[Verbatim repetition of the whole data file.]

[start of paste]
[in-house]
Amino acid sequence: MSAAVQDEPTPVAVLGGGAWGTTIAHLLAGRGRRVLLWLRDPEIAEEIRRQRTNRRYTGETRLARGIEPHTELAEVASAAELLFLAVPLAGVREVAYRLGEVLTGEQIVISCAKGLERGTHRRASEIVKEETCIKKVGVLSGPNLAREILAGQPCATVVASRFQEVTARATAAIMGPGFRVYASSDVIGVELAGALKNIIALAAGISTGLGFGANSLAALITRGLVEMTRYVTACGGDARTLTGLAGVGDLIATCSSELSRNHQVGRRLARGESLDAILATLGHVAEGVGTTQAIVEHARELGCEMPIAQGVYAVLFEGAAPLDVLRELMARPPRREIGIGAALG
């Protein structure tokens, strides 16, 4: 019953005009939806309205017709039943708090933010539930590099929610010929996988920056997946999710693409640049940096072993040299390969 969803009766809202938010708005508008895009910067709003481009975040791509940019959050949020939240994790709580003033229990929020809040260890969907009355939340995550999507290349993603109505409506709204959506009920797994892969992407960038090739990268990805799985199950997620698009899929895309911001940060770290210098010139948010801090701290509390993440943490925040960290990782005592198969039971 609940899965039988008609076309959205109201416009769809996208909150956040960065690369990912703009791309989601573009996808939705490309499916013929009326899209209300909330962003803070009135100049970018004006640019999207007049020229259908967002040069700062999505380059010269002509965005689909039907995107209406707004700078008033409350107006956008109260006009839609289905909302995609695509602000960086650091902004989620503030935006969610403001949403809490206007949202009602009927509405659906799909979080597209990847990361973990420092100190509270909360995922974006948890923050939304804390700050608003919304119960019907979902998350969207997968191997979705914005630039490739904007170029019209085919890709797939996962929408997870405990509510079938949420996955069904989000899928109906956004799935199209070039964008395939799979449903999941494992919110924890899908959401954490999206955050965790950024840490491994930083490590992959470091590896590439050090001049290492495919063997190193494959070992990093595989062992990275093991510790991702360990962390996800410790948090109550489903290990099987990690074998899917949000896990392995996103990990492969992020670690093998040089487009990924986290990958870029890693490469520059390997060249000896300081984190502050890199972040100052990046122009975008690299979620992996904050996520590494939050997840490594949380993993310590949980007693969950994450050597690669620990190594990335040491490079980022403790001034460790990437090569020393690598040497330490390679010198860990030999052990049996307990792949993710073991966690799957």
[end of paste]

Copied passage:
[in-house]
Amino acid sequence: MSAAVQDEPTPVAVLGGGAWGTTIAHLLAGRGRRVLLWLRDPEIAEEIRRQRTNRRYTGETRLARGIEPHTELAEVASAAELLFLAVPLAGVREVAYRLGEVLTGEQIVISCAKGLERGTHRRASEIVKEETCIKKVGVLSGPNLAREILAGQPCATVVASRFQEVTARATAAIMGPGFRVYASSDVIGVELAGALKNIIALAAGISTGLGFGANSLAALITRGLVEMTRYVTACGGDARTLTGLAGVGDLIATCSSELSRNHQVGRRLARGESLDAILATLGHVAEGVGTTQAIVEHARELGCEMPIAQGVYAVLFEGAAPLDVLRELMARPPRREIGIGAALG
């Protein structure tokens, strides 16, 4: 019953005009939806309205017709039943708090933010539930590099929610010929996988920056997946999710693409640049940096072993040299390969 969803009766809202938010708005508008895009910067709003481009975040791509940019959050949020939240994790709580003033229990929020809040260890969907009355939340995550999507290349993603109505409506709204959506009920797994892969992407960038090739990268990805799985199950997620698009899929895309911001940060770290210098010139948010801090701290509390993440943490925040960290990782005592198969039971 609940899965039988008609076309959205109201416009769809996208909150956040960065690369990912703009791309989601573009996808939705490309499916013929009326899209209300909330962003803070009135100049970018004006640019999207007049020229259908967002040069700062999505380059010269002509965005689909039907995107209406707004700078008033409350107006956008109260006009839609289905909302995609695509602000960086650091902004989620503030935006969610403001949403809490206007949202009602009927509405659906799909979080597209990847990361973990420092100190509270909360995922974006948890923050939304804390700050608003919304119960019907979902998350969207997968191997979705914005630039490739904007170029019209085919890709797939996962929408997870405990509510079938949420996955069904989000899928109906956004799935199209070039964008395939799979449903999941494992919110924890899908959401954490999206955050965790950024840490491994930083490590992959470091590896590439050090001049290492495919063997190193494959070992990093595989062992990275093991510790991702360990962390996800410790948090109550489903290990099987990690074998899917949000896990392995996103990990492969992020670690093998040089487009990924986290990958870029890693490469520059390997060249000896300081984190502050890199972040100052990046122009975008690299979620992996904050996520590494939050997840490594949380993993310590949980007693969950994450050597690669620990190594990335040491490079980022403790001034460790990437090569020393690598040497330490390679010198860990030999052990049996307990792949993710073991966690799957």